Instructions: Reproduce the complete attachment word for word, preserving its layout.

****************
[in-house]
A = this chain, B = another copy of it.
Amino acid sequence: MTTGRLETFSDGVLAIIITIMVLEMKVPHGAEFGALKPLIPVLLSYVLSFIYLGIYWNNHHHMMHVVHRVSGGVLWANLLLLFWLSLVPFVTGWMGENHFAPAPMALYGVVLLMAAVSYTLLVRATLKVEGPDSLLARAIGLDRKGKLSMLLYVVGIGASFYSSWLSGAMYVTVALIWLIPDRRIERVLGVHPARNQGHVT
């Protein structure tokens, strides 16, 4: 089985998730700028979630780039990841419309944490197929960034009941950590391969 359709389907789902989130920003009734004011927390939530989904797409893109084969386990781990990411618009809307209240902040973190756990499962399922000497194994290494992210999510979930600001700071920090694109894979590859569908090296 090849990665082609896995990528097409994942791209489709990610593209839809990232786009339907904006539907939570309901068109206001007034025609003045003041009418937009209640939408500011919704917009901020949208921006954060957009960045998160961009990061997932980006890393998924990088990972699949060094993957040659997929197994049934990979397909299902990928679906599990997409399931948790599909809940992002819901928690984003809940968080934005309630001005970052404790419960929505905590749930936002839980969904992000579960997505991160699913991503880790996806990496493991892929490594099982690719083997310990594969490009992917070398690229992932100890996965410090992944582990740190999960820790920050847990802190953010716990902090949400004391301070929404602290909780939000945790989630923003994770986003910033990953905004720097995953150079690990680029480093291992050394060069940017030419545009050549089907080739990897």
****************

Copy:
[in-house]
A = this chain, B = another copy of it.
Amino acid sequence: MTTGRLETFSDGVLAIIITIMVLEMKVPHGAEFGALKPLIPVLLSYVLSFIYLGIYWNNHHHMMHVVHRVSGGVLWANLLLLFWLSLVPFVTGWMGENHFAPAPMALYGVVLLMAAVSYTLLVRATLKVEGPDSLLARAIGLDRKGKLSMLLYVVGIGASFYSSWLSGAMYVTVALIWLIPDRRIERVLGVHPARNQGHVT
């Protein structure tokens, strides 16, 4: 089985998730700028979630780039990841419309944490197929960034009941950590391969 359709389907789902989130920003009734004011927390939530989904797409893109084969386990781990990411618009809307209240902040973190756990499962399922000497194994290494992210999510979930600001700071920090694109894979590859569908090296 090849990665082609896995990528097409994942791209489709990610593209839809990232786009339907904006539907939570309901068109206001007034025609003045003041009418937009209640939408500011919704917009901020949208921006954060957009960045998160961009990061997932980006890393998924990088990972699949060094993957040659997929197994049934990979397909299902990928679906599990997409399931948790599909809940992002819901928690984003809940968080934005309630001005970052404790419960929505905590749930936002839980969904992000579960997505991160699913991503880790996806990496493991892929490594099982690719083997310990594969490009992917070398690229992932100890996965410090992944582990740190999960820790920050847990802190953010716990902090949400004391301070929404602290909780939000945790989630923003994770986003910033990953905004720097995953150079690990680029480093291992050394060069940017030419545009050549089907080739990897």